When it comes down to it, though, it's hard to deny how well-made these things are, and how pleasurable they are to watch. At its heart, At World's End is a classic Hollywood spectacle; an amazing achievement in set design, visual effects artistry, elaborate staging, and popcorn moviemaking. Pacing issues aside, it's rare for a movie to try to do something so elaborate these days, and to pull it off as well as it is done here.

May 18, 2007

Shrek The Third (05/18/07)

Lettergrade: D

Shrek The Third has some good laughs, but the thinness of the plot combined with a relative lack of ambition sort of makes the whole thing feel like a direct to video sequel.

In this one, Shrek's father-in-law dies early in the movie, meaning that Shrek (Mike Myers) and Fiona (Cameron Diaz) are the new rulers of 'Far, Far Away.' Shrek doesn't want the title or the responsibility, and sets out to find Fiona's distant cousin Arthur, a nerdish high school kid voiced by Justin Timberlake, to take crown instead. As he is leaving on his quest, Fiona tells Shrek she's pregnant, leading to a ton of anxiety on Shrek's part about whether or not he'll be an adequate father. Meanwhile, Prince Charming (Rupert Everett), disgraced after the events of Shrek 2, plots to take over 'Far, Far Away' in Shrek's absence.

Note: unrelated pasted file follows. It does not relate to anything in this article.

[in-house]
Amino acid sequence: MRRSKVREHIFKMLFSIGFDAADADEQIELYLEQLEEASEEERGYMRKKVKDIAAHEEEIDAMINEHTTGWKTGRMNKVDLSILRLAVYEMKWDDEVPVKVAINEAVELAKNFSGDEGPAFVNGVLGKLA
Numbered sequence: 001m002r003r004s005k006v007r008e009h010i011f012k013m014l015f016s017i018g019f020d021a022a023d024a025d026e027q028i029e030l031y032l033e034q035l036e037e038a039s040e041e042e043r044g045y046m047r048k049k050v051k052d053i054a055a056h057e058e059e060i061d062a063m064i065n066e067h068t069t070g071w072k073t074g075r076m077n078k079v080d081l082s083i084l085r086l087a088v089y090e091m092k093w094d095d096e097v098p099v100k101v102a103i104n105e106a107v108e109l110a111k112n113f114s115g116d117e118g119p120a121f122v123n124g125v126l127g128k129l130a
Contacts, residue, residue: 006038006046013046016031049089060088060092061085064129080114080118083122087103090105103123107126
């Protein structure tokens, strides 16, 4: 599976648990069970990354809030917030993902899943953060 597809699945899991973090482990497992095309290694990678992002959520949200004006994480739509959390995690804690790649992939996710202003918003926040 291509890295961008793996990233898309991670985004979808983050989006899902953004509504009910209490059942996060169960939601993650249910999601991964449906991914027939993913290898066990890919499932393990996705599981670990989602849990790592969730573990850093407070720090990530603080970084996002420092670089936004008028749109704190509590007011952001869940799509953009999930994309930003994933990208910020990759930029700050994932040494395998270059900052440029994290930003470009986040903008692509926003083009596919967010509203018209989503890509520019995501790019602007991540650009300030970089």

While part 2 advanced the characters from the first picture considerably and mixed them all up in an inventive plotline, there's not much surprising about what transpires in this one. The basic dilemma, once again, is that Shrek feels he cannot fit in or achieve a certain task because he's an ogre. While there's a nice sentiment in there about believing in yourself and pushing forward all the same, it's pretty much the same note hit upon by the previous two movies. How fucking insecure is this guy that he needs to be reassured of his self-worth in every movie? Again, it has some good jokes and it is not a bad movie by any stretch, but I doubt that any children will experience a blinding flood of enlightenment or inspiration while in the theater.

I didn't like the first Shrek very much. The back-story on it is that Jeffrey Katzenberg was the #2 Disney who was unceremoniously fired around the time The Lion King came out in 1994. In retaliation, he got together with Steven Spielberg and David Geffen and formed Dreamworks SKG. Katzenberg would essentially run Dreamworks Animation and most of its pictures would bear his executive signature.